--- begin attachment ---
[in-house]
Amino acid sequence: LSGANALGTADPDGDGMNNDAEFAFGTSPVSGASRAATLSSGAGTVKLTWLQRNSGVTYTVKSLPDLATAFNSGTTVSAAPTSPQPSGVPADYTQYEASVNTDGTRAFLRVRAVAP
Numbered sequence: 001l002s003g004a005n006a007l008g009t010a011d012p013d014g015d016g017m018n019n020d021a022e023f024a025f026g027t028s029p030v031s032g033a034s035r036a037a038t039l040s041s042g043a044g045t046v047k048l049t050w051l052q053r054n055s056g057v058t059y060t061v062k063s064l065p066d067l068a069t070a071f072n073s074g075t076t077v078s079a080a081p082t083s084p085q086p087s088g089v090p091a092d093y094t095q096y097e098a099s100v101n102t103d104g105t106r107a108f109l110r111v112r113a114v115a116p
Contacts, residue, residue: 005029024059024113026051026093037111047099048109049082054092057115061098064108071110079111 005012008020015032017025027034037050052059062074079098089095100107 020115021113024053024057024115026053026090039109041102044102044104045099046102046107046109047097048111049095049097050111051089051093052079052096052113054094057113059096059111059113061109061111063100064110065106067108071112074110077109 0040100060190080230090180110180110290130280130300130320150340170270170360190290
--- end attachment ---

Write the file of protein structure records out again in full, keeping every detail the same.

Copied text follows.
[in-house]
Amino acid sequence: LSGANALGTADPDGDGMNNDAEFAFGTSPVSGASRAATLSSGAGTVKLTWLQRNSGVTYTVKSLPDLATAFNSGTTVSAAPTSPQPSGVPADYTQYEASVNTDGTRAFLRVRAVAP
Numbered sequence: 001l002s003g004a005n006a007l008g009t010a011d012p013d014g015d016g017m018n019n020d021a022e023f024a025f026g027t028s029p030v031s032g033a034s035r036a037a038t039l040s041s042g043a044g045t046v047k048l049t050w051l052q053r054n055s056g057v058t059y060t061v062k063s064l065p066d067l068a069t070a071f072n073s074g075t076t077v078s079a080a081p082t083s084p085q086p087s088g089v090p091a092d093y094t095q096y097e098a099s100v101n102t103d104g105t106r107a108f109l110r111v112r113a114v115a116p
Contacts, residue, residue: 005029024059024113026051026093037111047099048109049082054092057115061098064108071110079111 005012008020015032017025027034037050052059062074079098089095100107 020115021113024053024057024115026053026090039109041102044102044104045099046102046107046109047097048111049095049097050111051089051093052079052096052113054094057113059096059111059113061109061111063100064110065106067108071112074110077109 0040100060190080230090180110180110290130280130300130320150340170270170360190290